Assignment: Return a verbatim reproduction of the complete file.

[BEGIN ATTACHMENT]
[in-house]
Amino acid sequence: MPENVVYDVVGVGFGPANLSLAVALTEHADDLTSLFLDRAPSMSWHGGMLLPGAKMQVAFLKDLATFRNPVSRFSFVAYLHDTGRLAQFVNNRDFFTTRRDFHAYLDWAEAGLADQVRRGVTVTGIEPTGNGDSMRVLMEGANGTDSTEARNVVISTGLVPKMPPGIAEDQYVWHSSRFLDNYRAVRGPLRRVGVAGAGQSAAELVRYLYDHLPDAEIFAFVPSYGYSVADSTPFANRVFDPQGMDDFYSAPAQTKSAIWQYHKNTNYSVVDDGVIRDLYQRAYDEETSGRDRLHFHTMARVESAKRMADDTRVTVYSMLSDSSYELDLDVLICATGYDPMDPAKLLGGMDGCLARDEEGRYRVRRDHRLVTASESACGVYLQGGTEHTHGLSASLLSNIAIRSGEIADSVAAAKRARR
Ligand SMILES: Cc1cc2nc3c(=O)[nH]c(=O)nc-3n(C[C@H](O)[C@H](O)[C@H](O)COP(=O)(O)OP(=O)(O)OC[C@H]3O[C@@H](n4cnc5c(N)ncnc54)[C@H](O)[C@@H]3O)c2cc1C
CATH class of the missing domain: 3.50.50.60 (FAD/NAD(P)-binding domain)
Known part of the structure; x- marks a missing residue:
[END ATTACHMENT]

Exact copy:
[in-house]
Amino acid sequence: MPENVVYDVVGVGFGPANLSLAVALTEHADDLTSLFLDRAPSMSWHGGMLLPGAKMQVAFLKDLATFRNPVSRFSFVAYLHDTGRLAQFVNNRDFFTTRRDFHAYLDWAEAGLADQVRRGVTVTGIEPTGNGDSMRVLMEGANGTDSTEARNVVISTGLVPKMPPGIAEDQYVWHSSRFLDNYRAVRGPLRRVGVAGAGQSAAELVRYLYDHLPDAEIFAFVPSYGYSVADSTPFANRVFDPQGMDDFYSAPAQTKSAIWQYHKNTNYSVVDDGVIRDLYQRAYDEETSGRDRLHFHTMARVESAKRMADDTRVTVYSMLSDSSYELDLDVLICATGYDPMDPAKLLGGMDGCLARDEEGRYRVRRDHRLVTASESACGVYLQGGTEHTHGLSASLLSNIAIRSGEIADSVAAAKRARR
Ligand SMILES: Cc1cc2nc3c(=O)[nH]c(=O)nc-3n(C[C@H](O)[C@H](O)[C@H](O)COP(=O)(O)OP(=O)(O)OC[C@H]3O[C@@H](n4cnc5c(N)ncnc54)[C@H](O)[C@@H]3O)c2cc1C
CATH class of the missing domain: 3.50.50.60 (FAD/NAD(P)-binding domain)
Known part of the structure; x- marks a missing residue: